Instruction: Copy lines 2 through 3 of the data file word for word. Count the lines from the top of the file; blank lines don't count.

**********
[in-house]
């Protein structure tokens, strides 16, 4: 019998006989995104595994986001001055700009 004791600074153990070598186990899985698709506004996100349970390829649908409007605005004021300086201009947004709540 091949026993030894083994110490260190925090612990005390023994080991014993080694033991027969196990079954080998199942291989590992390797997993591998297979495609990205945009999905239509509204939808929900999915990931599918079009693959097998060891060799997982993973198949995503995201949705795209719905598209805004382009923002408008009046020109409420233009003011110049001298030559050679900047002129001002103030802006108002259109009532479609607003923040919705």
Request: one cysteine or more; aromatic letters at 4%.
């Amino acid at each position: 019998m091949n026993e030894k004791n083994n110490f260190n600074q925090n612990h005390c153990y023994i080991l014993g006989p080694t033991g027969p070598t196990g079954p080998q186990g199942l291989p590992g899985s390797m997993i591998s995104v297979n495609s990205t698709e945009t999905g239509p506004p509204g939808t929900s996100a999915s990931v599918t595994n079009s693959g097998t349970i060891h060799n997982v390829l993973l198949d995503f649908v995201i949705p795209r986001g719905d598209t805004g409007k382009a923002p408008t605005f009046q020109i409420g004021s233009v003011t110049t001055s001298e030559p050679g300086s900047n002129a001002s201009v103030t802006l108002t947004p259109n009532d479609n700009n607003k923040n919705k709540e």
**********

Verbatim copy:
């Protein structure tokens, strides 16, 4: 019998006989995104595994986001001055700009 004791600074153990070598186990899985698709506004996100349970390829649908409007605005004021300086201009947004709540 091949026993030894083994110490260190925090612990005390023994080991014993080694033991027969196990079954080998199942291989590992390797997993591998297979495609990205945009999905239509509204939808929900999915990931599918079009693959097998060891060799997982993973198949995503995201949705795209719905598209805004382009923002408008009046020109409420233009003011110049001298030559050679900047002129001002103030802006108002259109009532479609607003923040919705």
Request: one cysteine or more; aromatic letters at 4%.